One of my most vivid childhood memories took place in the 80s, a time when Teddy Ruxpin was at the top of every child’s Christmas list and life was just simple. Easy. Happy. I don’t remember the exact day when I figured out the Santa lie but I distinctly recall how much it crushed my parents when I told them I had pieced it all together. Of course, I didn’t really have all the pieces figured out just yet, but I couldn’t let on that I still believed in Santa when I started to hear the rumors floating around the cafeteria. Suddenly believing in Santa was about the most unhip thing a seven-year-old kid could do.
In the weeks leading up to Christmas, my parents would do their best to get us stoked for the holiday and I tried to play along for the sake of my young brother. I mean, the kid was SO stinking excited. Who was I to burst that bubble? (Spoiler alert: apparently a monster).
Each night my dad led a rousing game of Word of the Day and we’d discuss events, school, life, and of course Santa’s imminent visit. Had we been good, what did we want for Christmas, were we aware that he is always watching and that he knew when we were misbehaving? We picked out the tree as a family, helped my mom decorate, baked cookies, listened to festive songs, and kept mostly merry.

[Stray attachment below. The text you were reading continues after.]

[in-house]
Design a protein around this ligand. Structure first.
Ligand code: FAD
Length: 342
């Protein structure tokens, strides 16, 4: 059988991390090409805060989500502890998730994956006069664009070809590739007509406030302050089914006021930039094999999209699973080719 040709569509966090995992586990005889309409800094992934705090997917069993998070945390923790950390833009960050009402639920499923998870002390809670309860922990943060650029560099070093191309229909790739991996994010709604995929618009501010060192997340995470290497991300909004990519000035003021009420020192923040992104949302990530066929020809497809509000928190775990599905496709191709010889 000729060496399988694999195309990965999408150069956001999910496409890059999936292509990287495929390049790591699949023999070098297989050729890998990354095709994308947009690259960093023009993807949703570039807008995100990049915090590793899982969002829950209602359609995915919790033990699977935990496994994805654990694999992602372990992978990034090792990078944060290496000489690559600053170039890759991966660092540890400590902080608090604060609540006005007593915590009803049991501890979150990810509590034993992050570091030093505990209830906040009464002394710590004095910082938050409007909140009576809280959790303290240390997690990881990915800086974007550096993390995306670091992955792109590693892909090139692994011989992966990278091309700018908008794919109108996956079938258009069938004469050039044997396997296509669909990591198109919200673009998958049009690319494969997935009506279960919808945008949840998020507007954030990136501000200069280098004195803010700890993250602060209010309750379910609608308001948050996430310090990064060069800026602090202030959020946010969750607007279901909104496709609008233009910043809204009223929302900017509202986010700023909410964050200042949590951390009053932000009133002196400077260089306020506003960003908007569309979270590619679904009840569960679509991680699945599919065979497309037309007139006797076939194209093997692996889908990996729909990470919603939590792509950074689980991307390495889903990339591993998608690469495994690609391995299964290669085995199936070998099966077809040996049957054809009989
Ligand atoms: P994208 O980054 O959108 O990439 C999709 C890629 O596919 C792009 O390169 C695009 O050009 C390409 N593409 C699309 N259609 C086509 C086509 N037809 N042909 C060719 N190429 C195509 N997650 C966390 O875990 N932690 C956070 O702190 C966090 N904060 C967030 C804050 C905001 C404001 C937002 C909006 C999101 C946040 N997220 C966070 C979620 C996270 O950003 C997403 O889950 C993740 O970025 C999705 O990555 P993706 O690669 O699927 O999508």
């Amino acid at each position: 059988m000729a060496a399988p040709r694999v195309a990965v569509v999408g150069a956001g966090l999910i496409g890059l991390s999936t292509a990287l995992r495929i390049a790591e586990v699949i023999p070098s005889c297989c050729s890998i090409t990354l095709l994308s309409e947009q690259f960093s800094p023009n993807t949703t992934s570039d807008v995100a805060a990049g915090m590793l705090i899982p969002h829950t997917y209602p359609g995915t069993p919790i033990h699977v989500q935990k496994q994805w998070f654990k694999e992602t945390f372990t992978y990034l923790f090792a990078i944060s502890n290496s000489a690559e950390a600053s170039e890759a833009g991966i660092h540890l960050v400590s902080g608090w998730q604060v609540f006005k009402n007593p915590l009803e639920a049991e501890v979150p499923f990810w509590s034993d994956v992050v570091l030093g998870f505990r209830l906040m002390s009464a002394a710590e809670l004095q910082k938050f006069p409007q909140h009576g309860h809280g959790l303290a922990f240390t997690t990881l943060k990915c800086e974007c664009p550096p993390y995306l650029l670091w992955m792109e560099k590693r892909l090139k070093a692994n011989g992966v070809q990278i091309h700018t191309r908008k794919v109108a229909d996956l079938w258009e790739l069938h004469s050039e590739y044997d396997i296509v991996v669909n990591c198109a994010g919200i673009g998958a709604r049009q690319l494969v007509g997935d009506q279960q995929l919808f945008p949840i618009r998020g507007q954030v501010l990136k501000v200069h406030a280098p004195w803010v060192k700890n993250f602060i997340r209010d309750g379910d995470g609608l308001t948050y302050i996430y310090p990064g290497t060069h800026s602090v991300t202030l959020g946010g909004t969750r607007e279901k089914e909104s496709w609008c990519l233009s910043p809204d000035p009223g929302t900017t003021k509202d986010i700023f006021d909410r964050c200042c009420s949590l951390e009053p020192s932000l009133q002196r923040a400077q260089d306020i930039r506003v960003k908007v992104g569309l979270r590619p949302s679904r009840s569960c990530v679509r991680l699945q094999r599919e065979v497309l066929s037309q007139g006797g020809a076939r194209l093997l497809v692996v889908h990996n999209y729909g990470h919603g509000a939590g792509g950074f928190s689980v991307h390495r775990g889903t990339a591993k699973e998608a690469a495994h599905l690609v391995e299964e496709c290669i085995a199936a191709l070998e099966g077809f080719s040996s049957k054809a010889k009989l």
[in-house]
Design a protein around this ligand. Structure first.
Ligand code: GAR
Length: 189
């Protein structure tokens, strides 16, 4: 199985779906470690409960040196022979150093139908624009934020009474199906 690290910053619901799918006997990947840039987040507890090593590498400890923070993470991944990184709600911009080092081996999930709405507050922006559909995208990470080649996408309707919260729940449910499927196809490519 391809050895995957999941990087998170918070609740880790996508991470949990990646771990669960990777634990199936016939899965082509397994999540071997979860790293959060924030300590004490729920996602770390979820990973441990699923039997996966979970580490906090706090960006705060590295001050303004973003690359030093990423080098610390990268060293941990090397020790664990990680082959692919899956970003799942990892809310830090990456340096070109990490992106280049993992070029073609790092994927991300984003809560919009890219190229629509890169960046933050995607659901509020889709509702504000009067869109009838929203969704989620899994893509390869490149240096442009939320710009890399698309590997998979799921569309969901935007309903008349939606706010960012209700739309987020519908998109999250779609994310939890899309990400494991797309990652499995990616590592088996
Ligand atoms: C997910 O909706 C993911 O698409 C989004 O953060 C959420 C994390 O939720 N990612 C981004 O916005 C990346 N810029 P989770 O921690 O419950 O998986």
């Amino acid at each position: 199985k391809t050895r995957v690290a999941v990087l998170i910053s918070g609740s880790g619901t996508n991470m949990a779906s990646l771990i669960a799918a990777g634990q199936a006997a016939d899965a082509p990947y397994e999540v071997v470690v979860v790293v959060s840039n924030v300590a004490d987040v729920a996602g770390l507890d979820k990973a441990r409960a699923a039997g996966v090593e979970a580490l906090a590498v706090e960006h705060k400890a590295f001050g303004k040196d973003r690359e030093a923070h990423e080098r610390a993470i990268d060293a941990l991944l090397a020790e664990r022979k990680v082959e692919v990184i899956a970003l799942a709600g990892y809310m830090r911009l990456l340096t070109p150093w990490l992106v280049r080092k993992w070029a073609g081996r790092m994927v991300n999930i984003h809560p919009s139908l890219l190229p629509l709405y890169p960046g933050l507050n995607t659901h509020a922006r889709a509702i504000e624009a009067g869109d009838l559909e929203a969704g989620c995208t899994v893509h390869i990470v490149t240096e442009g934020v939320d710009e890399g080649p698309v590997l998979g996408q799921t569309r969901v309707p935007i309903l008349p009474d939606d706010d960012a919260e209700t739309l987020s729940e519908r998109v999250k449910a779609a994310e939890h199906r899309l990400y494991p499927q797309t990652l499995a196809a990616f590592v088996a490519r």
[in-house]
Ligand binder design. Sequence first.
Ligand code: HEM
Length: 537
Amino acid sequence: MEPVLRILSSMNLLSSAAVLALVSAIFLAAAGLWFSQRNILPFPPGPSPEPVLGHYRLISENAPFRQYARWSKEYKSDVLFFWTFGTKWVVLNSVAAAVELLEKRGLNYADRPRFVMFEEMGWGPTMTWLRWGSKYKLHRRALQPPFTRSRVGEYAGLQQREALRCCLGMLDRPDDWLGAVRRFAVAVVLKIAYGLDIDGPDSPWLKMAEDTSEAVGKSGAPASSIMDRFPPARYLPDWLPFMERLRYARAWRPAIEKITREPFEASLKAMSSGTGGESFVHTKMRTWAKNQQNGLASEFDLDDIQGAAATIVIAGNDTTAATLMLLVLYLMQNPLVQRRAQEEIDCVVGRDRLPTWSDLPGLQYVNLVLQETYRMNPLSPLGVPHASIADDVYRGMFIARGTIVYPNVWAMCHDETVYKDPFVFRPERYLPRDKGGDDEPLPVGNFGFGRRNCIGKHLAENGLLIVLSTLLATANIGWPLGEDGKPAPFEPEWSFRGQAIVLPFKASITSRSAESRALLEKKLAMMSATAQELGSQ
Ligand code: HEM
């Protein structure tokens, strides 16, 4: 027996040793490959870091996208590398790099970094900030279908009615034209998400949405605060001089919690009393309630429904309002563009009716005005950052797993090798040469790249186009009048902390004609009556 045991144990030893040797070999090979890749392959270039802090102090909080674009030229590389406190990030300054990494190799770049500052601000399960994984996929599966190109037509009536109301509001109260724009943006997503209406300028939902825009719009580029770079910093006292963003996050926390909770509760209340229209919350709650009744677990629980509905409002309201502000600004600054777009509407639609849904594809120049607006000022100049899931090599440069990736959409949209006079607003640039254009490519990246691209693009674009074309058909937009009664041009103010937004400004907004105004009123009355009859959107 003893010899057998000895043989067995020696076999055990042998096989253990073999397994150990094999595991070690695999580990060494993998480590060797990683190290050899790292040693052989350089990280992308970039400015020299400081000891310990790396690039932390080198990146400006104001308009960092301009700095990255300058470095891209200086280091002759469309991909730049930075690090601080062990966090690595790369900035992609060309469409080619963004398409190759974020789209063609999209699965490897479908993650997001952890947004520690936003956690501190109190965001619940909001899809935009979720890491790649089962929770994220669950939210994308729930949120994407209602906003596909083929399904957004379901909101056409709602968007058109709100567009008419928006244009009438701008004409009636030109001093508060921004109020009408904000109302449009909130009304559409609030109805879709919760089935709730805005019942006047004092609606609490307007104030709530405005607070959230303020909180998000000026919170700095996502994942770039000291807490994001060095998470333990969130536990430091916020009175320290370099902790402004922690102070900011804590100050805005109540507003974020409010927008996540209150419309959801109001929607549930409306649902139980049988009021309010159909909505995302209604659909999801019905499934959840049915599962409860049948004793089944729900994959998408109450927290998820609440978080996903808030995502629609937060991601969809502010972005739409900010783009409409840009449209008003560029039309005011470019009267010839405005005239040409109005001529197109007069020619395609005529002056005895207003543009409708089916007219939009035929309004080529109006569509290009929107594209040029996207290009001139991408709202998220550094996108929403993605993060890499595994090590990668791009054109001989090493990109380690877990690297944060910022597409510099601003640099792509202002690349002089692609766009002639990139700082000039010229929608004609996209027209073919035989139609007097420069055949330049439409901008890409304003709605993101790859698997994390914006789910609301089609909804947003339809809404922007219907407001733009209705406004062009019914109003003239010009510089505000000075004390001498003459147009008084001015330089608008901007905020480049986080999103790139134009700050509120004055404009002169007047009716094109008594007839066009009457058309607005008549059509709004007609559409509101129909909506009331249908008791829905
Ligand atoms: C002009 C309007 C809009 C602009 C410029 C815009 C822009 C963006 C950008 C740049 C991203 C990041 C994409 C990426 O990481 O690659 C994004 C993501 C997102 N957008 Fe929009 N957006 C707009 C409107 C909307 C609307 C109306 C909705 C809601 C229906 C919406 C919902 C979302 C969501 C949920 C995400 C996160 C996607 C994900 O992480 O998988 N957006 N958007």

On Christmas Eve in 1986, my brother and I both heard bells outside the front door. Our eyes met and we scrambled to get to our feet. My brother made it there first.
“Did you hear Santa?” My dad’s voice boomed. My sweet little innocent brother, eyes wide with excitement, could hardly contain himself.
“I HEARD HIM!! I HEARD SANTA! Dad, did you see him!?”
(Meeting or seeing Santa at the time was akin to being in the presence of a superstar).
“I sure did, buddy. He just flew over the house!”
I then decided this was the perfect moment to interrupt the merry with this epic mic drop.
“Dad threw bells into the bushes, Dan. There’s no such thing as Santa.”
If looks could kill I died many times over that night as my mom took my brother in the house to console him and my dad completely disowned me. He was furious. Of course, I don’t blame him—I singlehandedly ruined the holiday for everyone that year. But mostly, I am so sorry for being that bitchy older sister who couldn’t keep her damn trap shut, at least until after the holiday was over.